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Story behind the paper: RtxA type 1 secretion system and other virulence factors in Legionella

(public domain image, CDC)

So this work is a spinoff of a big project that we were involved in (but almost all of the work was done by Amy Pruden’s lab at Virginia Tech).  In the larger project, they examined the genomes of over 100 clinical isolates of Legionella pneumophila, as well as 10 clinical isolates from patients during the Flint Water Crisis.  That work can be found here.

After genome sequencing it turned out that an additional 4 isolates were in fact not L. pneumophila but L. taurinensis, which had no sequenced genomes and is relatively poorly studied.  The graduate student who lead this work, Connor Brown, noticed that this strain appeared to possess the genes for the RtxA Type 1 secretion systems (T1SS), a virulence factor thought to be unique to L. pneumophila.  Further digging suggested RtxA, as well as other potentially novel T1SSs, are more widespread in this genus than previously reported.  Our paper describing this work is entitled “Whole genome sequence analysis reveals the broad distribution of the RtxA type 1 secretion system and four novel putative type 1 secretion systems throughout the Legionella genus” and can be found here.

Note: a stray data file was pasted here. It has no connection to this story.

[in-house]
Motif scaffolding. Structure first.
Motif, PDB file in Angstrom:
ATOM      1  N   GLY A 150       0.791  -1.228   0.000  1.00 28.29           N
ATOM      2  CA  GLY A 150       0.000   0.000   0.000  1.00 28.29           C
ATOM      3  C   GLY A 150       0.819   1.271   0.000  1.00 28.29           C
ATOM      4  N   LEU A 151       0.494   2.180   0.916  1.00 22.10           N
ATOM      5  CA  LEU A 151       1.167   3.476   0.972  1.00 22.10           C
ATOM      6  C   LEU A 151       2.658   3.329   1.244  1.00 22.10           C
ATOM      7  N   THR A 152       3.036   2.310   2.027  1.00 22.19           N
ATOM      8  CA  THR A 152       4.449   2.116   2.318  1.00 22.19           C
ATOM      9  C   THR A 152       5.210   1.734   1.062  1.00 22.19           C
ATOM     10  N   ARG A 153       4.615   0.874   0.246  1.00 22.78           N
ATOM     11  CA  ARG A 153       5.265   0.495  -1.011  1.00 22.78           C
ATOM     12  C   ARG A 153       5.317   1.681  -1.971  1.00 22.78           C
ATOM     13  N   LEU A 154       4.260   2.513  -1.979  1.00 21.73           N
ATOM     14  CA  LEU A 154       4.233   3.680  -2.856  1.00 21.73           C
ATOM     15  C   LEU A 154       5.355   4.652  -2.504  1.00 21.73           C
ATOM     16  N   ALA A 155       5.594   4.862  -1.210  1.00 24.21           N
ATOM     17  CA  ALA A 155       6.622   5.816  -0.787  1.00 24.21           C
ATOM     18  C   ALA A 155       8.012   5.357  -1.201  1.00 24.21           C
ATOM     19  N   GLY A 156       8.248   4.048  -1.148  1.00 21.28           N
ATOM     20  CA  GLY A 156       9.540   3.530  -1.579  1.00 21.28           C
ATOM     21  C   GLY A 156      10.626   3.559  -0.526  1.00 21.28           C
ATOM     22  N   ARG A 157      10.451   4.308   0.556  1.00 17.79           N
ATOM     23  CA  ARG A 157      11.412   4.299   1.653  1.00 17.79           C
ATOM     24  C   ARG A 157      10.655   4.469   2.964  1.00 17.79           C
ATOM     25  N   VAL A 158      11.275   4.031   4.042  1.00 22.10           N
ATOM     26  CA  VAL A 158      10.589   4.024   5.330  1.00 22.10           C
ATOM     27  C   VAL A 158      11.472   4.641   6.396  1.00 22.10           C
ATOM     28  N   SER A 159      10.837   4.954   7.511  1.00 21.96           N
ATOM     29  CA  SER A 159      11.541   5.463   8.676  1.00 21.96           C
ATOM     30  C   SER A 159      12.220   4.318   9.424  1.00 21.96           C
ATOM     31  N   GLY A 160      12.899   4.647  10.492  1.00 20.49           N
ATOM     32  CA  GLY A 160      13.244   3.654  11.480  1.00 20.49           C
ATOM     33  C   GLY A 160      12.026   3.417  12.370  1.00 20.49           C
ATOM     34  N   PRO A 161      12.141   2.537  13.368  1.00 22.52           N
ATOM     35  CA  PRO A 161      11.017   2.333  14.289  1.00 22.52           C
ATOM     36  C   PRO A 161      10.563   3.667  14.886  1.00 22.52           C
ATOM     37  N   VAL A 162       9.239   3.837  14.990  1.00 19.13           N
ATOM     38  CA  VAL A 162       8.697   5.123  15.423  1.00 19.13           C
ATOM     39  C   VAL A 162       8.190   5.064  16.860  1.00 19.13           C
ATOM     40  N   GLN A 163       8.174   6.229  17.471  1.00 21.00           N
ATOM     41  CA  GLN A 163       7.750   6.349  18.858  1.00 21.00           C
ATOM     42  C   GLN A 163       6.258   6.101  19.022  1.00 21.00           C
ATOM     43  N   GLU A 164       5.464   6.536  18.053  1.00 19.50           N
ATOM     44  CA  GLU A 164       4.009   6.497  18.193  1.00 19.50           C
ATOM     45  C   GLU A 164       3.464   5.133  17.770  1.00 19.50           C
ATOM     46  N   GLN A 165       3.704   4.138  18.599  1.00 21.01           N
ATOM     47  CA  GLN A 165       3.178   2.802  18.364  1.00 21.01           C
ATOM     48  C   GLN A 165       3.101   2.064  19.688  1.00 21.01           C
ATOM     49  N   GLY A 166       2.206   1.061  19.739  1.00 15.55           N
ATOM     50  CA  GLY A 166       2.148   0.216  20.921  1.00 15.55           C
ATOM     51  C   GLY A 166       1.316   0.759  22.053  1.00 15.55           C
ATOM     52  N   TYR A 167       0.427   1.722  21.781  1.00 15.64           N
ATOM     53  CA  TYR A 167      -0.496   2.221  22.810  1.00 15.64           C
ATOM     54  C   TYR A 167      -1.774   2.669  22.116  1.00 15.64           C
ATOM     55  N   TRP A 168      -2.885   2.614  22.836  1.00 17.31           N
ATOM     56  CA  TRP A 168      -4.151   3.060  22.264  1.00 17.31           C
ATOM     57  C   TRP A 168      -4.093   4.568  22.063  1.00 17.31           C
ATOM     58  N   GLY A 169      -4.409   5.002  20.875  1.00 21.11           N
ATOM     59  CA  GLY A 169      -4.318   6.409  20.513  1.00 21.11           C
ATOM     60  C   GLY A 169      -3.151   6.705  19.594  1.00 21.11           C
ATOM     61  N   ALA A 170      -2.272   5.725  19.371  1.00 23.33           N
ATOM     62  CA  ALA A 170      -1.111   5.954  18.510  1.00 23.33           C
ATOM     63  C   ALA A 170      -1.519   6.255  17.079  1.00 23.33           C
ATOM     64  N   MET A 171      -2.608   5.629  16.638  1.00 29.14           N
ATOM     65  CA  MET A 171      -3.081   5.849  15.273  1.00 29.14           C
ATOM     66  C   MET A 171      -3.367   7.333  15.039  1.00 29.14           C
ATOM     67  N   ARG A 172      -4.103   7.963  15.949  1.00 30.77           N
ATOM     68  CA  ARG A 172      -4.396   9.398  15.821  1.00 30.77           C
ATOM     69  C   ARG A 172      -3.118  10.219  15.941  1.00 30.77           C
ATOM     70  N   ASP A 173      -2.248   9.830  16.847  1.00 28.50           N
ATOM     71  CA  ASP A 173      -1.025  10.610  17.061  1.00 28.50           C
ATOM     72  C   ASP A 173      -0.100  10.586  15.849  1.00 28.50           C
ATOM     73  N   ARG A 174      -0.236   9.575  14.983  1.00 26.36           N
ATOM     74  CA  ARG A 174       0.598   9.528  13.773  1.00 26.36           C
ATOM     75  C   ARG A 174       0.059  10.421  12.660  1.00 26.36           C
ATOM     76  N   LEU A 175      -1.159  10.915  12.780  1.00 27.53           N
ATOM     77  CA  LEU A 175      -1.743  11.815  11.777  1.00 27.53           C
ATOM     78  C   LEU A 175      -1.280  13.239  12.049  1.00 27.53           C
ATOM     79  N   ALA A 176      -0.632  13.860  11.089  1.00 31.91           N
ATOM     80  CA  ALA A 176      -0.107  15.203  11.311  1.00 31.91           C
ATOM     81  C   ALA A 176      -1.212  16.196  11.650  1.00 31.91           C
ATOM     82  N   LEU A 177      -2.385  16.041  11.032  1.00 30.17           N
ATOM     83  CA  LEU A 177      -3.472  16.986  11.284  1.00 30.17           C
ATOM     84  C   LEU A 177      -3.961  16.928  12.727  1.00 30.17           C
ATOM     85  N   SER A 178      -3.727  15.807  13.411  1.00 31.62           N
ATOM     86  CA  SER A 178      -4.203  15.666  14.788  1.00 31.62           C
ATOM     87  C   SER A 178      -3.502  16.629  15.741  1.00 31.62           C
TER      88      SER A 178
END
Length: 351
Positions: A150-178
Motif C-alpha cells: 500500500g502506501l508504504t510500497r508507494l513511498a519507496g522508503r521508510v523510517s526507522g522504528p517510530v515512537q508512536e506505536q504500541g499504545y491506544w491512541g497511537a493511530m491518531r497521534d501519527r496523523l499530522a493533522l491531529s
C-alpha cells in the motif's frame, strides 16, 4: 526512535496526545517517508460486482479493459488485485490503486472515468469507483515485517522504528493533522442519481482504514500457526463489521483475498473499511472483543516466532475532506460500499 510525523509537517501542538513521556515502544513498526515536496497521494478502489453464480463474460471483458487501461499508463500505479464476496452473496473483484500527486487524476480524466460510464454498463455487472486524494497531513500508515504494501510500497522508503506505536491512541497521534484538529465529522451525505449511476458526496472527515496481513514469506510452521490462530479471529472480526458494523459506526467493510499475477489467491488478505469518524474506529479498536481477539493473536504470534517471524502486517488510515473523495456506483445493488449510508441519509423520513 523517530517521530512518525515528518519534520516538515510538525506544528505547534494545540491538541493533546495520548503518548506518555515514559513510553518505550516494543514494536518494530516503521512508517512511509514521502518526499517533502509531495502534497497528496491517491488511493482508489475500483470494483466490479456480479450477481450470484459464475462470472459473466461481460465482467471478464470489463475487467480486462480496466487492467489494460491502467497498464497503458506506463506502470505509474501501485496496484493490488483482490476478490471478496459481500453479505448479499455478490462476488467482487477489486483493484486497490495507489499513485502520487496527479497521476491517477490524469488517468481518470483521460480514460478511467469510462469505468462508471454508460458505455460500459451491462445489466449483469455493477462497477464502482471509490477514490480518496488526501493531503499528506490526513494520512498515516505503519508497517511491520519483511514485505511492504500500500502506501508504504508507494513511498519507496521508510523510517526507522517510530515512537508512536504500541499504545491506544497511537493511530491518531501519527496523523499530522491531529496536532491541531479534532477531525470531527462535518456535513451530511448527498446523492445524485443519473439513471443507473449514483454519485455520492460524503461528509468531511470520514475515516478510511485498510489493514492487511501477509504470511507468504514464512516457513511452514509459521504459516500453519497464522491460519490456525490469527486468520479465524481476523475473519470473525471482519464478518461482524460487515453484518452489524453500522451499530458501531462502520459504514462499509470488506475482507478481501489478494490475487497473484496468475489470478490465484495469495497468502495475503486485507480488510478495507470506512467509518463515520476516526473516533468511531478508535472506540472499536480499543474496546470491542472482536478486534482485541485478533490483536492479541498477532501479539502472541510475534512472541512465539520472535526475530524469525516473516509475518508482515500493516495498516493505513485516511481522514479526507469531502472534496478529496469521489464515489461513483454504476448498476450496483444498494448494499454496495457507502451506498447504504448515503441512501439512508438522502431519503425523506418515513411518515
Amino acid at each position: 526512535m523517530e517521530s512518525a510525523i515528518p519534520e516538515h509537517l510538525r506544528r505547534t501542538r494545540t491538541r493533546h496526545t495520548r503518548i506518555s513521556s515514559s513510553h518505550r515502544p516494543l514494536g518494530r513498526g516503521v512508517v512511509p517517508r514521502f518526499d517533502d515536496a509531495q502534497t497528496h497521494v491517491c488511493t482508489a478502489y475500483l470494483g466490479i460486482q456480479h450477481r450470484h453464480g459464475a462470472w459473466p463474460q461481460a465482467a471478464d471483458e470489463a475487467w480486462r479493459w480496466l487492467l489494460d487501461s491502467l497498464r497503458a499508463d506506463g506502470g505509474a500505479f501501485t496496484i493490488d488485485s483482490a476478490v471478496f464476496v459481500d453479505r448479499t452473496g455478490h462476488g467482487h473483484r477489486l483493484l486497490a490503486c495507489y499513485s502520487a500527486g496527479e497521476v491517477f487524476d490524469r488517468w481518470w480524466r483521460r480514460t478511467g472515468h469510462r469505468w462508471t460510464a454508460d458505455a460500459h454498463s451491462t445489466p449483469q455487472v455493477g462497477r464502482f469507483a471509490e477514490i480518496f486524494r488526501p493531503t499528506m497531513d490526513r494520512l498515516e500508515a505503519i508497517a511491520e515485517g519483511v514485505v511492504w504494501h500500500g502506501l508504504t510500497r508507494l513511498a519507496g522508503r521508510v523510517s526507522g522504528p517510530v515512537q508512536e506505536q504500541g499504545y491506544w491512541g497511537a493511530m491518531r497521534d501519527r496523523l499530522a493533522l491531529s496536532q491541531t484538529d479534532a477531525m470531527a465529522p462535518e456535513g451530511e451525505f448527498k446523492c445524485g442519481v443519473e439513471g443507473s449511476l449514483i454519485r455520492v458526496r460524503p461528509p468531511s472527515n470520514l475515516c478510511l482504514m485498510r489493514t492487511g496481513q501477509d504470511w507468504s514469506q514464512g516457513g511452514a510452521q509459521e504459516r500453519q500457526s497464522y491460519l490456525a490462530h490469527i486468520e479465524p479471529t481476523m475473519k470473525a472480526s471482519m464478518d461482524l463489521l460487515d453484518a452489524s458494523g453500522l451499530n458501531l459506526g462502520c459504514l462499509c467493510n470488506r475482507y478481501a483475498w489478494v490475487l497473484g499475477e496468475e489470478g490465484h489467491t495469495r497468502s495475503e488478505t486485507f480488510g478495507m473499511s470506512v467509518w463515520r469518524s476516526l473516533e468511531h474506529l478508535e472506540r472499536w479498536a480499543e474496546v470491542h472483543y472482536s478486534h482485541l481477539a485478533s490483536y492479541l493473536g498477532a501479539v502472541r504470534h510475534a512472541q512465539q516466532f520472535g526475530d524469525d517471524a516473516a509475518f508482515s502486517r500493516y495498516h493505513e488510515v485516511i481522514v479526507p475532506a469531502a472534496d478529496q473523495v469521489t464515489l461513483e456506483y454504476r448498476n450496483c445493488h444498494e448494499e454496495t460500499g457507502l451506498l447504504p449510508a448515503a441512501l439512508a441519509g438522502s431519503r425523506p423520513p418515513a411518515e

Abstract below:

Type 1 secretion systems (T1SSs) are broadly distributed among bacteria and translocate effectors with diverse function across the bacterial cell membrane. Legionella pneumophila, the species most commonly associated with Legionellosis, encodes a T1SS at the lssXYZABD locus which is responsible for the secretion of the virulence factor RtxA. Many investigations have failed to detect lssD, the gene encoding the membrane fusion protein of the RtxA T1SS, in non-pneumophila Legionella, which has led to the assumption that this system is a virulence factor exclusively possessed by L. pneumophila. Here we discovered RtxA and its associated T1SS in a novel Legionella taurinensis strain, leading us to question whether this system may be more widespread than previously thought. Through a bioinformatic analysis of publicly available data, we classified and determined the distribution of four T1SSs including the RtxA T1SS and four novel T1SSs among diverse Legionella spp. The ABC transporter of the novel Legionella T1SS Legionella repeat protein secretion system shares structural similarity to those of diverse T1SS families, including the alkaline protease T1SS in Pseudomonas aeruginosa. The Legionella bacteriocin (1–3) secretion systems T1SSs are novel putative bacteriocin transporting T1SSs as their ABC transporters include C-39 peptidase domains in their N-terminal regions, with LB2SS and LB3SS likely constituting a nitrile hydratase leader peptide transport T1SSs. The LB1SS is more closely related to the colicin V T1SS in Escherichia coli. Of 45 Legionella spp. whole genomes examined, 19 (42%) were determined to possess lssB and lssD homologs. Of these 19, only 7 (37%) are known pathogens. There was no difference in the proportions of disease associated and non-disease associated species that possessed the RtxA T1SS (p = 0.4), contrary to the current consensus regarding the RtxA T1SS. These results draw into question the nature of RtxA and its T1SS as a singular virulence factor. Future studies should investigate mechanistic explanations for the association of RtxA with virulence.

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